If you know the person personally, sometimes it is helpful to ask before a seizure occurs what they would like to have done in case they have a seizure.

What do I do? First Aid for Partial Seizures


First Aid for Complex Partial Seizures

I did not create the following video, but it does a great job of illustrating what to do if someone is having a complex partial seizure.

More First Aid Tips for Partial Seizures

The following is a guide developed by the Epilepsy Foundation for specific types of partial seizures.  For more assistance, please contact your local Epilepsy Foundation.

first_aid_seizures

What do I do? Someone is having a tonic-clonic seizure!


Not knowing what to do if someone else is having a tonic-clonic seizure can be scary.  Knowledge is power!  These videos were not created by myself, but are courtesy of the epilepsy therapy project.   They help illustrate what to do if you see someone having a tonic-clonic seizure.   They also help illustrate what you should do immediately after the seizure.

Disclaimer:  This video does show someone actually having a tonic-clonic seizure.

 

first_aid_seizures_convulsions

Higher Education Guide: Find Support


Find a Support Network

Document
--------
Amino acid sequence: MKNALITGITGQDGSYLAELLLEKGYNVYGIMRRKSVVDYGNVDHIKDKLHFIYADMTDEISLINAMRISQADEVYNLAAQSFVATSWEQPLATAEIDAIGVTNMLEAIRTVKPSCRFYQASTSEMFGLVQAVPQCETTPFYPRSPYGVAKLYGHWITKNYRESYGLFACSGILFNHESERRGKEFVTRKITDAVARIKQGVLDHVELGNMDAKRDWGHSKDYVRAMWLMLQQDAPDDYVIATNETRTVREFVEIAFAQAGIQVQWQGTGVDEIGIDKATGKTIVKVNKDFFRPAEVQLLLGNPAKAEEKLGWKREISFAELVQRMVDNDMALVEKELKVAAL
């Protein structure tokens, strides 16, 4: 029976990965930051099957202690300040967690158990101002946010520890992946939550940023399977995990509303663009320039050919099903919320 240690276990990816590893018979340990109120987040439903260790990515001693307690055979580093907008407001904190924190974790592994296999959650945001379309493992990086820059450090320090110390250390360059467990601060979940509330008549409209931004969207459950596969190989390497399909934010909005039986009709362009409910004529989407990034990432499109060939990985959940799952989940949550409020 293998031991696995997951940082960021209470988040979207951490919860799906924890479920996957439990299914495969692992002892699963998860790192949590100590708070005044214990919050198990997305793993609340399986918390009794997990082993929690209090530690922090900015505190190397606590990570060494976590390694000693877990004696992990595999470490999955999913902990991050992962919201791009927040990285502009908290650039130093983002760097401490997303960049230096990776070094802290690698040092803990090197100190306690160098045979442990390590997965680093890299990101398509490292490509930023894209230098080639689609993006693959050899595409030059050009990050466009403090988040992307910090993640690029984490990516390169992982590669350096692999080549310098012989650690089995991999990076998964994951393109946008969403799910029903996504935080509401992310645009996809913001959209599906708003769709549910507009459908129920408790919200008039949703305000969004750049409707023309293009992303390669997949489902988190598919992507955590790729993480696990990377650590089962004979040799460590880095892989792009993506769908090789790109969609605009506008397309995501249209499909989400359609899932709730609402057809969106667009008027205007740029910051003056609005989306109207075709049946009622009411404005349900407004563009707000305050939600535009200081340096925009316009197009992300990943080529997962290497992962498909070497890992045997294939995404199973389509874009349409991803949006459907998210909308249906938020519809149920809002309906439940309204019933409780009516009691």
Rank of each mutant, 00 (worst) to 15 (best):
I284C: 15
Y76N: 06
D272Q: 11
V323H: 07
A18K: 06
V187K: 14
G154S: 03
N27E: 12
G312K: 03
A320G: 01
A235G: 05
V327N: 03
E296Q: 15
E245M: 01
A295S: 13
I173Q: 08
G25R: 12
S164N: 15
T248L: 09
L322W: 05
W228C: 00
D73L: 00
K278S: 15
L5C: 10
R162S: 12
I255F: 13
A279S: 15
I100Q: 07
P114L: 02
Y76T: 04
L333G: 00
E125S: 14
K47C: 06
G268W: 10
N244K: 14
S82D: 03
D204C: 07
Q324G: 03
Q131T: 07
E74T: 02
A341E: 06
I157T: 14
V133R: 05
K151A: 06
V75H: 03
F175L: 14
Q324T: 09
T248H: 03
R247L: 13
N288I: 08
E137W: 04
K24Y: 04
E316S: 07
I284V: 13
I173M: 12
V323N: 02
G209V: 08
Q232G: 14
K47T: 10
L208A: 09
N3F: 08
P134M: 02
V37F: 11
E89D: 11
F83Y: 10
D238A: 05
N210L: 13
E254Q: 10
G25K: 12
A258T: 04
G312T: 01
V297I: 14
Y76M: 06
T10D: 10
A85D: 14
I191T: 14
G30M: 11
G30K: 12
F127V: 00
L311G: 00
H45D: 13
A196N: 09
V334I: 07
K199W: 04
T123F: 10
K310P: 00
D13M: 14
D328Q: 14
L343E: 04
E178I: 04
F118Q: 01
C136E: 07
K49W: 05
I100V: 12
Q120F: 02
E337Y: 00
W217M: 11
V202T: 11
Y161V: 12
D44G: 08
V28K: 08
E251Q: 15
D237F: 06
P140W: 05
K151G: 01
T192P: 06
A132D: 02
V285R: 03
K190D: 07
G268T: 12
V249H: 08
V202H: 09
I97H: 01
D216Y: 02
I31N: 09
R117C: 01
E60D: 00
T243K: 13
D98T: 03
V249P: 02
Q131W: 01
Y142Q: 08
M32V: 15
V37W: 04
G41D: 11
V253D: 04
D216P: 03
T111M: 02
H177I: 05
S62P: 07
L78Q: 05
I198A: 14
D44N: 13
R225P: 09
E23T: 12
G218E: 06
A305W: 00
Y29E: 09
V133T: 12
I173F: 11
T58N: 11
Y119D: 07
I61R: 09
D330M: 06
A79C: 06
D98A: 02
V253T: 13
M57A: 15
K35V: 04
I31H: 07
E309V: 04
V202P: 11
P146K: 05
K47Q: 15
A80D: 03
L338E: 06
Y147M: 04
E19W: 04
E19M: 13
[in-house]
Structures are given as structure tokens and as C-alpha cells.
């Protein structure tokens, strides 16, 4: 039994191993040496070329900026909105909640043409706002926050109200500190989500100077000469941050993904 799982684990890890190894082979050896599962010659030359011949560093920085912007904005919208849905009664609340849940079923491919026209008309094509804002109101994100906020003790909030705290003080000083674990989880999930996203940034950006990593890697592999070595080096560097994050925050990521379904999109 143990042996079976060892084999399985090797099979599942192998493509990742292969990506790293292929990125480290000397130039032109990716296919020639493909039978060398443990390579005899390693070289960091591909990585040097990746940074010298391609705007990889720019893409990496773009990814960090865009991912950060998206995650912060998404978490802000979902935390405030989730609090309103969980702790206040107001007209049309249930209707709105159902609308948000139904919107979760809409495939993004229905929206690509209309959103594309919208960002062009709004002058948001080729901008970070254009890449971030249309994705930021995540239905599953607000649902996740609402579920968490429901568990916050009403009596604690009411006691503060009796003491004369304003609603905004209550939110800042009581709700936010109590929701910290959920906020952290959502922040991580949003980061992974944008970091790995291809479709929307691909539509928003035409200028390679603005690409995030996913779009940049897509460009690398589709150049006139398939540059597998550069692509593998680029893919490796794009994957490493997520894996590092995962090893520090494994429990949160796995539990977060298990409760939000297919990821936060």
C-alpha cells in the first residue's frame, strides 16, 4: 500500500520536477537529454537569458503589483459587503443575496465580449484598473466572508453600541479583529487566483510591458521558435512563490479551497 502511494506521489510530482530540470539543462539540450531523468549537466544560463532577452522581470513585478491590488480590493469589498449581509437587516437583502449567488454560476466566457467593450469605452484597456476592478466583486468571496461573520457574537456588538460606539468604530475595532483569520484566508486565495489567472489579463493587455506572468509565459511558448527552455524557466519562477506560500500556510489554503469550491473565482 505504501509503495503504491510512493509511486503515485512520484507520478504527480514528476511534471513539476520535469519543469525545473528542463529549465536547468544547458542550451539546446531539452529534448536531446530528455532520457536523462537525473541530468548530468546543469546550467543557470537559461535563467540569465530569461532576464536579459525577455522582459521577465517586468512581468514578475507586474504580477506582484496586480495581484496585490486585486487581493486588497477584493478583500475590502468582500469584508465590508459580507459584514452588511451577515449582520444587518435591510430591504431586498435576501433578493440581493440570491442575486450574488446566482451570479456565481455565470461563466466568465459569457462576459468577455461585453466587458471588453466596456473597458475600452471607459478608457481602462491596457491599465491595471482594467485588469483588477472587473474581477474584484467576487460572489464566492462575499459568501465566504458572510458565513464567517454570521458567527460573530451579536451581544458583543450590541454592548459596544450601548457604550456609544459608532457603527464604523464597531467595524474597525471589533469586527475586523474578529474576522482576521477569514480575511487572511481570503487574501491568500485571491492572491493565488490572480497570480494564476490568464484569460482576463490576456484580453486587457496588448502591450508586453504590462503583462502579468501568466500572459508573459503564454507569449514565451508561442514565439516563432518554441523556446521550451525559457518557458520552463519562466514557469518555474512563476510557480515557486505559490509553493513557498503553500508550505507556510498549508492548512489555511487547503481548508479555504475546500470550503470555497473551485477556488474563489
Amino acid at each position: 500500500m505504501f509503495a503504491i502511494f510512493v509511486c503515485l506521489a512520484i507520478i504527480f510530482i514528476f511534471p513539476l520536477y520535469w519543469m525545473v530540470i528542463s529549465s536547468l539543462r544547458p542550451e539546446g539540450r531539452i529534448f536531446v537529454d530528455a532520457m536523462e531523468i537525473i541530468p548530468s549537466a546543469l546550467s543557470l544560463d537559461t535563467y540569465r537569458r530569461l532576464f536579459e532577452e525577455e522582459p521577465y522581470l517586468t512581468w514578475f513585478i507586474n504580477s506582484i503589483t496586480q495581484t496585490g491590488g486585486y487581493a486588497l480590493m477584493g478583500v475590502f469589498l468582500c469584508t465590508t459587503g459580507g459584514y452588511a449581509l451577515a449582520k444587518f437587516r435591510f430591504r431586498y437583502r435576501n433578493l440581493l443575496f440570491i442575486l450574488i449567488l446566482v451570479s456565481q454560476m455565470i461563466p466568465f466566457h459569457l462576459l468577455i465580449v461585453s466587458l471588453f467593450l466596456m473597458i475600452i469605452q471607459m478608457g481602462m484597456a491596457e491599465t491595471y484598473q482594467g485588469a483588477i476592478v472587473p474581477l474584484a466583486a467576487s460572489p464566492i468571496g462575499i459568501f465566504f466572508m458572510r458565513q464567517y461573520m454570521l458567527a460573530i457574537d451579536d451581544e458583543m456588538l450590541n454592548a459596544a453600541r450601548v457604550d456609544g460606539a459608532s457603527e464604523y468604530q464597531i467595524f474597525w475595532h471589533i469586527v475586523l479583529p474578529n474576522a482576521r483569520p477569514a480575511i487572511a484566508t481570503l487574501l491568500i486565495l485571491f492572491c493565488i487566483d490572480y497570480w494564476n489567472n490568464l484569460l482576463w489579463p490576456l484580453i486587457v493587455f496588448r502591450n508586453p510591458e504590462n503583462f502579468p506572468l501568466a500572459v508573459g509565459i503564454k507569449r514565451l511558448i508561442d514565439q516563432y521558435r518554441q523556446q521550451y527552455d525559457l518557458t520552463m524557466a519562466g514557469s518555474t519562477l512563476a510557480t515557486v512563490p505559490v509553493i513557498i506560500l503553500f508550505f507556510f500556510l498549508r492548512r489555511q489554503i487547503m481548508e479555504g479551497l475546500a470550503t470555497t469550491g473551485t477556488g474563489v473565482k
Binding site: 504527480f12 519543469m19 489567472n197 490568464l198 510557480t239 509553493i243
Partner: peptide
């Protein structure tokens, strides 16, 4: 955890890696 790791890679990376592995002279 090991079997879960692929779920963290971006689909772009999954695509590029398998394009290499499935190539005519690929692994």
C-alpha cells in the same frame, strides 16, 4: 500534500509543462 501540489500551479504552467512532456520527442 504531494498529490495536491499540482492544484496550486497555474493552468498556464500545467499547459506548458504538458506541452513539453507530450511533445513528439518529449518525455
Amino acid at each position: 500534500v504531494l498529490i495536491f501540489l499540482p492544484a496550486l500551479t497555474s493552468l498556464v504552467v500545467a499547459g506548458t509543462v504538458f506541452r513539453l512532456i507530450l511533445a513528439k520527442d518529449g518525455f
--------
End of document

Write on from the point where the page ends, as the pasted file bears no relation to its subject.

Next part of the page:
Why is this important?  Even if you do not have a chronic illness, attending a new college or university is a big deal.  There are lots of new things going on in your life, which is exciting.  However, there are many new stressors in your life that you may not have had to deal with before.  You will need someone to talk to when things get particularly difficult.  (Not listed in any particular order)

  1. Medical Support – Keep in touch with your care team to make sure your health is in good condition during this stressful time.  If you keep them well-informed, they can also give objective advice on whether you are pushing yourself too hard.
  2. Support Groups – Some universities have support groups to help students cope with a range of issues.   If your university of choice has these, you should take advantage of them.   There may also be support groups locally run by nonprofits such as the Epilepsy Foundation.  This is a great way to talk about your problems with people who have similar issues.
  3. Friends – Whether you met them online or in person, a good friend will know what to say when you are having a bad day.
  4. Family – Some people like to talk things through with family members when a particularly difficult issue comes up.

This is not meant to be a complete list.  If I missed any, please comment and let me know.

 

Back to the “Success Guide to Higher Education for the Chronically Ill